When to Repaint Your Commercial Building

When to Repaint Your Commercial Building

Every year, your commercial building takes a beating--hot summers, frigid winters, ice, snow, moisture, plus daily wear and tear all contribute to the deterioration of your property. Like all structures, your building requires regular upkeep to keep it looking good and well maintained. When the exterior paint of your building reaches the end of its service life, it can lead to:

  • Rust
  • Mold and mildew
  • Cracks and holes
  • Warping
  • Exposed wood, metal and steel

What to look for

Knowing when to repaint is key to preserving its value and appearance. Unfortunately, many property owners fail to notice the signs of paint deterioration, which can result in extensive and irreparable damage. Most commercial exterior paints are designed to last from 3 to 10 years, depending on the building materials used, exposure to the sun, weather-tightness, and so forth. Here are signs to look for when determining when to repaint:

#1 Fading color
While newer acrylics hold their color longer, fading is inevitable over time. Mostly an aesthetic issue, it can also point to the need to repaint for other reasons. While you want your building to look good to your tenants and the public, when the paint begins to fade it is time to assess whether there are other problems areas needing correction.

#2 Chalking
Chalking occurs when a chalk-like powder forms on the surface of your building's paint film. Again, while modern and high quality acrylic paints rarely chalk, older products often do. This occurs as a result of weathering, which causes the binder to slowly degrade. If left unchecked, excessive chalking can:

  • Seep into your building's brickwork and deface its surface appearance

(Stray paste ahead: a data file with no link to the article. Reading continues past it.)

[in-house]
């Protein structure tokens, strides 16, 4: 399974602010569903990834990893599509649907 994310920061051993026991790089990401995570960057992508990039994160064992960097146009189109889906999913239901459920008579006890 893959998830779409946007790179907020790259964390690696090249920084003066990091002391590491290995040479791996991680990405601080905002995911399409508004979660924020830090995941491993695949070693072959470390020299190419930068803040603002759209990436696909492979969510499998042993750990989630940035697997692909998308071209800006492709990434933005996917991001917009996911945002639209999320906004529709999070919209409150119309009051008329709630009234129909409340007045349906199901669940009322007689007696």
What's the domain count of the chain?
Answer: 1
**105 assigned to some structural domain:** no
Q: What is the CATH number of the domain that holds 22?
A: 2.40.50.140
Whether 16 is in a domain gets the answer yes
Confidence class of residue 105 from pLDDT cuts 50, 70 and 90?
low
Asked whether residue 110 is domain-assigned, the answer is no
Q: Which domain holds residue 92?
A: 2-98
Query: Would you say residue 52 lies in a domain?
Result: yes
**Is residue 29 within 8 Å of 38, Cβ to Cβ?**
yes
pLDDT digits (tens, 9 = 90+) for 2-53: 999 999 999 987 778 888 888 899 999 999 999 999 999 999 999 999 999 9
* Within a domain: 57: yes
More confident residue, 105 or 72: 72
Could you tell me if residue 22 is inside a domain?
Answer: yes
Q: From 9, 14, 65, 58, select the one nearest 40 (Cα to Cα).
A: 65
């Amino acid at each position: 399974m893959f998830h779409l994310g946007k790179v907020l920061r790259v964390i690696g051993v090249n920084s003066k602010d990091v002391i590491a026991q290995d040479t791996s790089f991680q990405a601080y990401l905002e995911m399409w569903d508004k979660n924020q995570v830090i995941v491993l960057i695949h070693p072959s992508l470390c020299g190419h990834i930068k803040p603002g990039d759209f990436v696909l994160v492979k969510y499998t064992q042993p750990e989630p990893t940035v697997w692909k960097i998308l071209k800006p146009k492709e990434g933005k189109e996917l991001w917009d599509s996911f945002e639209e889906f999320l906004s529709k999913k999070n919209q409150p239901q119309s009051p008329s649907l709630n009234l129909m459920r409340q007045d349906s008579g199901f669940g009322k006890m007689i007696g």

• Erode the paint film
  • Give the exterior paint a lighter look

#3 Mold and mildew
Are black, gray, or green stains starting to form on your building's exterior surface? If so, it's a sign of mold and mildew growth. This occurs as a result of poor air circulation and excessive moisture. Mostly unsightly, these can also have an adverse effect on people's health.

#4 Cracking paint
Another sign of paint deterioration is the appearance of web-like cracks in the paint film. This is common for buildings with many coats of paint. Also called alligatoring, these cracks can spread across large areas of your building and lead to paint chipping or peeling. Moisture then can enter through the cracks and gaps and lead to rotting wood, rust (if ferrous metal), and spalling (if concrete or brick). A

#5 Bubbling paint
Also called blistering, bubbling is the localized loss of paint adhesion as a result of:

  • Applying the paint on a hot surface or under direct sunlight
  • Exposing the paint film to rain or high humidity after being applied
  • Escaping moisture that's trapped inside the wall
  • Poor preparation by the previous paint contractor

#6 Efflorescence
Efflorescence is a white, chalk-like substance collecting on the surface of masonry products. These are salts that are common to concrete, brick, and block and result from moisture penetration and heat. Mostly unsightly, these salts can also cause paint to blister and peel.

If you're not sure if your commercial building needs repainting,contact T. L. Hart can help you. Our experts can inspect your property, identify any potential issues with its exterior paint job, and recommend the ideal solution. To learn more about our commercial painting services, give us a call today.

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